James Raml: James has worked on the Banadad for the past seven years. A 25-year resident of Cook County, he makes his home on an area lake next to the BWCAW where he also works as a guide, conducts forest rehabilitation and enhancement work for private individuals, as well as any other work he may find. A graduate of the University of Wisconsin-Milwaukee, James is also a self-taught forest ecologist who is well versed in forest ecosystems and reforestation. As an active member of the Gunflint Trail Scenic Byway Committee, he recently researched, wrote and produced the committees’ Vegetation Management Plan for the scenic byway corridor. James’ previous work experience includes 10 seasons as a contractor and wilderness ranger in the BWCA, four seasons as a member of an initial attack helicopter wildfire firefighter crew, and 10 seasons working in Antarctica as a mechanic and field camp manager.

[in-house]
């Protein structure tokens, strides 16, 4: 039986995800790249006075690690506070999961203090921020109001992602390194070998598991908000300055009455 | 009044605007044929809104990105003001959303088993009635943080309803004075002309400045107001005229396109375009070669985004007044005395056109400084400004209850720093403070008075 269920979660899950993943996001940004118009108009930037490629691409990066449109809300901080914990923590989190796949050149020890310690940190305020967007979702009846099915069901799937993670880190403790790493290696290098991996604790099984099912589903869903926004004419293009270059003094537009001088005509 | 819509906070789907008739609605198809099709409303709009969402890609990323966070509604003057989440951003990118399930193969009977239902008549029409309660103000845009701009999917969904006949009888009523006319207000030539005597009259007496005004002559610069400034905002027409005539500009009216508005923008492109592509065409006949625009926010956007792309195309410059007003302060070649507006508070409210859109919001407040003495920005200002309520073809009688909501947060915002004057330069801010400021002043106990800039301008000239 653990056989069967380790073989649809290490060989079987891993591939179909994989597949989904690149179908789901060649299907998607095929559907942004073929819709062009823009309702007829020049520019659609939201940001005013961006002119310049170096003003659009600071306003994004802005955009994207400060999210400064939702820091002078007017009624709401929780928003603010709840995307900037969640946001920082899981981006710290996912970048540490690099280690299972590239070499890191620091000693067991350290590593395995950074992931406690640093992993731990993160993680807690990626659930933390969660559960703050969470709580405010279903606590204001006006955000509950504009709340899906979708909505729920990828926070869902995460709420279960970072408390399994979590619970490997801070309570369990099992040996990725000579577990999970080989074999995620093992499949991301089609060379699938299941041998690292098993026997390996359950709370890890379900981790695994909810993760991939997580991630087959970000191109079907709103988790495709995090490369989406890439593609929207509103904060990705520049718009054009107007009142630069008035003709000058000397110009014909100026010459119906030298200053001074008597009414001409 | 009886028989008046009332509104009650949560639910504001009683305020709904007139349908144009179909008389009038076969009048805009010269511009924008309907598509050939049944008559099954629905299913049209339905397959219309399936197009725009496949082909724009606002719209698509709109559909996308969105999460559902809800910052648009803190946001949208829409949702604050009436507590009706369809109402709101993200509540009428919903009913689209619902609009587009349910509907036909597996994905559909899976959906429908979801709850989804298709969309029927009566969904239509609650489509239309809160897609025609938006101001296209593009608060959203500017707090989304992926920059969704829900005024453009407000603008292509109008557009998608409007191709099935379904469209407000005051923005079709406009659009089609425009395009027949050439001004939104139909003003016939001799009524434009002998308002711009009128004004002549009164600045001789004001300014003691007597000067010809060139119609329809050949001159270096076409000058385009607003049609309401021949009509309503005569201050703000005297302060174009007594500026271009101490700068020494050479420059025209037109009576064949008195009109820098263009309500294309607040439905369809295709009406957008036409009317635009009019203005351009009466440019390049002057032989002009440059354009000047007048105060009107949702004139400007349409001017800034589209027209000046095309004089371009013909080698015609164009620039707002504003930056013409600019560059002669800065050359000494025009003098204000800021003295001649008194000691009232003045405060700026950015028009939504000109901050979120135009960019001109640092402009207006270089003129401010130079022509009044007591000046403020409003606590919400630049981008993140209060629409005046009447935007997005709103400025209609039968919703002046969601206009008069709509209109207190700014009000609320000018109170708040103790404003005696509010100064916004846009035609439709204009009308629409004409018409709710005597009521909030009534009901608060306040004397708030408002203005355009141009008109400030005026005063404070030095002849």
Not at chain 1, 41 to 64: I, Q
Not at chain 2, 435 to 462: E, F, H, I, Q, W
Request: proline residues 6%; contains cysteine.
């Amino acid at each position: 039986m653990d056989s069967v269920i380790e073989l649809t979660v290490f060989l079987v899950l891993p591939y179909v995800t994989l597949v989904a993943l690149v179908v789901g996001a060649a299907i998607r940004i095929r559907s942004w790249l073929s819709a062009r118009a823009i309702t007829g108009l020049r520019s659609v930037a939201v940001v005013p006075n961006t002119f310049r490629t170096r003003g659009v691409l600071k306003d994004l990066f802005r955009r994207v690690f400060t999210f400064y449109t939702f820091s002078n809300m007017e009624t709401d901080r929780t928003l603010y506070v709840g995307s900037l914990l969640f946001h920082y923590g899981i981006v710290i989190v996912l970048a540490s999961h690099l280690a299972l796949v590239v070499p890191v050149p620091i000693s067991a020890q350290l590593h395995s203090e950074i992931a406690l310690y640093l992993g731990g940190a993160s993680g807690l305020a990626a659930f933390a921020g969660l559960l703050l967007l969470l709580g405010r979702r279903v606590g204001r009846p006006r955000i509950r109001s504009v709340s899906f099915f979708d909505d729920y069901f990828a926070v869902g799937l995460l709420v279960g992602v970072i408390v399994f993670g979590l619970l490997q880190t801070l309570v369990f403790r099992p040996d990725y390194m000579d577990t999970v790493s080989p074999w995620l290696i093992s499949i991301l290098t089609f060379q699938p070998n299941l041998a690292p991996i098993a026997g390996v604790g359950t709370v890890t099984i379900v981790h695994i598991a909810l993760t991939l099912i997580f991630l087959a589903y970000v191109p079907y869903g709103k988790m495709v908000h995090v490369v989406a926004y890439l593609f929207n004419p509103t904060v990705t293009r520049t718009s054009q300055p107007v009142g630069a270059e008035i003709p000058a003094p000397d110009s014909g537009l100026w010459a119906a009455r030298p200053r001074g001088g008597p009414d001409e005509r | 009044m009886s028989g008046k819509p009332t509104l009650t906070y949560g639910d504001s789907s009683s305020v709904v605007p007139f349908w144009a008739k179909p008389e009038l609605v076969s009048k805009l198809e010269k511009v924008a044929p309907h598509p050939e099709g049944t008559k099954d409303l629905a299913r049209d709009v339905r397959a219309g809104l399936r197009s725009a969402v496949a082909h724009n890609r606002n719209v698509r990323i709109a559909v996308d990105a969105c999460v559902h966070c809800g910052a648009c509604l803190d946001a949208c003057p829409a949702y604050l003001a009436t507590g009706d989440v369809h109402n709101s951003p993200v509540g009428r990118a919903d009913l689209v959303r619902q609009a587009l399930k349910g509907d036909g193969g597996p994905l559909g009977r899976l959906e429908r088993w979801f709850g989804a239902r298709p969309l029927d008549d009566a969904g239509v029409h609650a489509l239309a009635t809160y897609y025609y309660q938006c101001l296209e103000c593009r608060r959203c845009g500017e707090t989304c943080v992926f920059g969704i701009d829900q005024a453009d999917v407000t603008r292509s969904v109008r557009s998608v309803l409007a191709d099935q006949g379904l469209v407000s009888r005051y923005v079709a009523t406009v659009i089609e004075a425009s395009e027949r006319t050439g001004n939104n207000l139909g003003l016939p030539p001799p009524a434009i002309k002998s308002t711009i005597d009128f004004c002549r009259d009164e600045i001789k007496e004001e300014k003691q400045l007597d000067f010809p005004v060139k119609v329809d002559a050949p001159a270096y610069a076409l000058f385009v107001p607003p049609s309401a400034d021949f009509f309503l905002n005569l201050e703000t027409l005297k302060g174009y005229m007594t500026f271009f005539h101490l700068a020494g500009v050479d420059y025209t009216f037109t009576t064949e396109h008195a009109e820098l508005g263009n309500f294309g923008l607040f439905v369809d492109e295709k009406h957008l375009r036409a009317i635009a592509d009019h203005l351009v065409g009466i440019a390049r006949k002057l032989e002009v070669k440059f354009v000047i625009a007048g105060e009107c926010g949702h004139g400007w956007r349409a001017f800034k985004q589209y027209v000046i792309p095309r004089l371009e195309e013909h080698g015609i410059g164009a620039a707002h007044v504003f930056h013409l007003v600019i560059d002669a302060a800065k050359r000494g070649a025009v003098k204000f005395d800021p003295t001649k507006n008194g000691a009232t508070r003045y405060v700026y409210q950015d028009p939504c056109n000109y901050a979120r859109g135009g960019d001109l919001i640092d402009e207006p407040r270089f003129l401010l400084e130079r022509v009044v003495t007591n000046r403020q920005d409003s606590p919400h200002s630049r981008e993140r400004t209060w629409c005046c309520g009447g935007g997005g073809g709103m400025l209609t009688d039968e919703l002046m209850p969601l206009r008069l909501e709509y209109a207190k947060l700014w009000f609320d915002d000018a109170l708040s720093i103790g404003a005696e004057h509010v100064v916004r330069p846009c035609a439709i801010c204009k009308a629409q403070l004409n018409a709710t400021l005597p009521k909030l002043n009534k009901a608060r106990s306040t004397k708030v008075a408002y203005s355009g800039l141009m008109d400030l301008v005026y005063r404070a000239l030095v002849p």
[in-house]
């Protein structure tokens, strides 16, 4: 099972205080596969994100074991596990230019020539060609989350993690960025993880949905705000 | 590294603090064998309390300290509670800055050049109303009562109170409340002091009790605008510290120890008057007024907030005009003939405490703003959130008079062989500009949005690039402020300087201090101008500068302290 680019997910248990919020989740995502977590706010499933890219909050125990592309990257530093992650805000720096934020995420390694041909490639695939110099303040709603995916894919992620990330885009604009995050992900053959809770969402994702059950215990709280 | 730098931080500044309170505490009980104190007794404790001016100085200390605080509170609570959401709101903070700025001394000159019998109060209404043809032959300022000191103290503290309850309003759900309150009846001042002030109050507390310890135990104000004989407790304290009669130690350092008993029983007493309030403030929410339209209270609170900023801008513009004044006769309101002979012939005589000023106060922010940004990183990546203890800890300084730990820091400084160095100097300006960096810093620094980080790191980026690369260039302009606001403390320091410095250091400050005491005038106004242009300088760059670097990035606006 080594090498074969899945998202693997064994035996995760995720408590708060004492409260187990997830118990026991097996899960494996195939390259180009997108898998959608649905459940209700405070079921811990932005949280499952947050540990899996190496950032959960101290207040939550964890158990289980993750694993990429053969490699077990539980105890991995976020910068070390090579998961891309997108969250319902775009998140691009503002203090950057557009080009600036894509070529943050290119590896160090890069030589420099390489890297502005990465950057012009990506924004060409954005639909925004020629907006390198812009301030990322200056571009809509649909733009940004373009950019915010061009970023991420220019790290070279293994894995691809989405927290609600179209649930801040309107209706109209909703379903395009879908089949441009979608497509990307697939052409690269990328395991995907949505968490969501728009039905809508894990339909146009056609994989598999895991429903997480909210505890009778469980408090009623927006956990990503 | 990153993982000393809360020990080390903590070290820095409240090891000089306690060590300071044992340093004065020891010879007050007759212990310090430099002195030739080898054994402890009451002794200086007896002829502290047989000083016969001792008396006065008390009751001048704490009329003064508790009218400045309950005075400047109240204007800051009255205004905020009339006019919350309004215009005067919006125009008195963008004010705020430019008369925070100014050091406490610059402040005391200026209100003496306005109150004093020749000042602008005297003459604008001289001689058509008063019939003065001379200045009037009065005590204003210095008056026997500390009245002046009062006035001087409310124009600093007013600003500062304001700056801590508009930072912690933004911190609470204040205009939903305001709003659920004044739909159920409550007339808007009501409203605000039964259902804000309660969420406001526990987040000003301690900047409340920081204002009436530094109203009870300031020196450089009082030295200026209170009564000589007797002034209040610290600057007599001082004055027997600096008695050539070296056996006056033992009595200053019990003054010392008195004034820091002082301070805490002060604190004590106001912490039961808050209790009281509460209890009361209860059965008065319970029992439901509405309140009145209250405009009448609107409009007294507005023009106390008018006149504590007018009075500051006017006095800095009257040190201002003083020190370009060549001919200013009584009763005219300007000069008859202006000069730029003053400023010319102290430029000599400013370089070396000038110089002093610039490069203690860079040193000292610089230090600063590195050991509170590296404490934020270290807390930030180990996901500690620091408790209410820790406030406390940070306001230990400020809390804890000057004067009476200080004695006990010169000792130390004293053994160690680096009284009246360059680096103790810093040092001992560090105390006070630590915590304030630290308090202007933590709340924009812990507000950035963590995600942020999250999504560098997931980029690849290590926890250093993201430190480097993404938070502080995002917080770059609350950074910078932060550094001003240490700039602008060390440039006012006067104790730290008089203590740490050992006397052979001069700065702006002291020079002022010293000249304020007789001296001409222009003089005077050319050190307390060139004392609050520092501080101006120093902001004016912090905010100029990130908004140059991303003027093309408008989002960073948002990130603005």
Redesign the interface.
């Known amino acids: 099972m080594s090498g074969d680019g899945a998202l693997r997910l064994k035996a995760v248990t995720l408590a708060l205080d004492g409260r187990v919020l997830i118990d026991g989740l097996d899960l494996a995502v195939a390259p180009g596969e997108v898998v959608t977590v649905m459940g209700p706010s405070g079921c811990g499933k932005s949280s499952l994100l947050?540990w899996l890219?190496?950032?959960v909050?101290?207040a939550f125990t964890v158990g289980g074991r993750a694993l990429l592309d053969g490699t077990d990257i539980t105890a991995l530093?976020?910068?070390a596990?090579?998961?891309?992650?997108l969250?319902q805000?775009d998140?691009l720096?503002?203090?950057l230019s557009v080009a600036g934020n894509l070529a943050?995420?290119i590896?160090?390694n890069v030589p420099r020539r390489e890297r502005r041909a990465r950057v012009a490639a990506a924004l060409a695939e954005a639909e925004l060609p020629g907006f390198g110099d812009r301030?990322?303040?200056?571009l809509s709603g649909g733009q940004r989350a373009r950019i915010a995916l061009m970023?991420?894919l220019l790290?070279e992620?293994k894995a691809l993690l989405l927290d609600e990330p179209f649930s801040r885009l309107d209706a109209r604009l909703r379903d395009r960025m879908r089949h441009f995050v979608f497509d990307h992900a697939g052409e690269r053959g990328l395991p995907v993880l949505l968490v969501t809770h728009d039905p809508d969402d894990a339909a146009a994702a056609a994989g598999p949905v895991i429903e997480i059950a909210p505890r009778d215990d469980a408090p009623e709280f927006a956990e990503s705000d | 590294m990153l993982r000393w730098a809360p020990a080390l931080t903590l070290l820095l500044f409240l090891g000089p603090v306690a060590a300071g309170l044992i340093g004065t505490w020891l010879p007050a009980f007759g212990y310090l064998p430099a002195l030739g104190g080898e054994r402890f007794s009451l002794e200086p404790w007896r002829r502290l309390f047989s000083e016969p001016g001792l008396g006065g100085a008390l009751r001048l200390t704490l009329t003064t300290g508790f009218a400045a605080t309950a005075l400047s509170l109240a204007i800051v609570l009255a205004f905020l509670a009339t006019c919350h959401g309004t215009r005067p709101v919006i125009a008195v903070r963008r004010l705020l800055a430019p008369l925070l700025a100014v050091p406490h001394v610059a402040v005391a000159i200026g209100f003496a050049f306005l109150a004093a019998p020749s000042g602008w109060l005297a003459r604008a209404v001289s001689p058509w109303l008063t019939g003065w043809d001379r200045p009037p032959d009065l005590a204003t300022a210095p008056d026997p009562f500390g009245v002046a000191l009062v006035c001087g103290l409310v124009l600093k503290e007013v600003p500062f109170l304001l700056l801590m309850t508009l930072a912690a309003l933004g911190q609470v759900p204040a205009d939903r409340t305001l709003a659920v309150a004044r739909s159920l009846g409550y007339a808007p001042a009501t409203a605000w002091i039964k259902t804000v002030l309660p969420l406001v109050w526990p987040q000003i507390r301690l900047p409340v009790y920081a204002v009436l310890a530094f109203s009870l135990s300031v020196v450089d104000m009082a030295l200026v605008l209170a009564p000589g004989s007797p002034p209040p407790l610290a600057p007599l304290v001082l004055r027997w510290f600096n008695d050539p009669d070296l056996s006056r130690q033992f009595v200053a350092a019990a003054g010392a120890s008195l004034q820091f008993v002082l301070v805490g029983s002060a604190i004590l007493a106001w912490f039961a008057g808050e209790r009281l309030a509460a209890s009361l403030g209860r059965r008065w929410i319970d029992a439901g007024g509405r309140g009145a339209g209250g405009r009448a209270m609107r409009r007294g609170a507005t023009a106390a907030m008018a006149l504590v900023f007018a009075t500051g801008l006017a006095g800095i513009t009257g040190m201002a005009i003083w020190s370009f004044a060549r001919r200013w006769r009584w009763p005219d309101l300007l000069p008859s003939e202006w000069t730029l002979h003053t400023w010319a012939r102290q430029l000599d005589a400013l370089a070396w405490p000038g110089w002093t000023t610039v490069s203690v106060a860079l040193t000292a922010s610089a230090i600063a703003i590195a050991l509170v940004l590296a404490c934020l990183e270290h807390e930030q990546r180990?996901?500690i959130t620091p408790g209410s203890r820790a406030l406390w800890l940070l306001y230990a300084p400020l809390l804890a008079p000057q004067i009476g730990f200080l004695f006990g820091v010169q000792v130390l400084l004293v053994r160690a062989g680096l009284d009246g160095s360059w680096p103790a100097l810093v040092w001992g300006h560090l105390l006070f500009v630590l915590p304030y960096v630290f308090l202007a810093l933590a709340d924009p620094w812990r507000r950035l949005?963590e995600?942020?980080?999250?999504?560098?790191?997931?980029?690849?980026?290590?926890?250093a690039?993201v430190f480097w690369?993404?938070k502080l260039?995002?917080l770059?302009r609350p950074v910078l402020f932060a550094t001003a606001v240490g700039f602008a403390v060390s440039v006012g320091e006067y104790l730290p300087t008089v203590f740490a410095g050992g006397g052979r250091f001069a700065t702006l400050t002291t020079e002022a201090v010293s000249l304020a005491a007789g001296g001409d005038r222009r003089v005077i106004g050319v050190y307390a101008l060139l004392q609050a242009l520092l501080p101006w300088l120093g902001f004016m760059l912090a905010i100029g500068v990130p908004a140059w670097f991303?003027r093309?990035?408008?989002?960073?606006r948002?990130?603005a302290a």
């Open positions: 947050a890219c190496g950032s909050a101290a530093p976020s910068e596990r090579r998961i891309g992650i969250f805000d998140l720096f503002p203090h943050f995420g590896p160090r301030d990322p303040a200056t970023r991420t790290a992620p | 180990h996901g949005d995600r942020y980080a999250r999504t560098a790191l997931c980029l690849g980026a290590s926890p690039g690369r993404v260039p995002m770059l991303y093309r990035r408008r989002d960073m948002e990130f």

Ted says of Jim that, “On the trail I can always depend on Jim getting the job done and when there is a problem, figuring out what needs to be done to solve the problem. A few years ago while grooming the trail by himself, Jim broke though the ice on a beaver pond. With the snowmobile stuck in three feet of water, Jim unhooked the track setter from the snowmobile, attached a rope and come-a-long and winched out the sled. He then went back for the track setter. Soaking wet and getting colder by the moment, Jim rode the snowmobile twenty miles back to our base at Poplar Creek Guesthouse B&B. He arrived back safely, though nearly frozen, with the equipment safely in tow.”

Matt and Mike Hendrickson: For the past two years when extra hands were needed to clear a storm blocked trail we have, fortunately, been able to hire Matt and Mike. The two cousins are band members from Grand Portage who currently work at Windigo Lodge. Both are experienced woodsmen.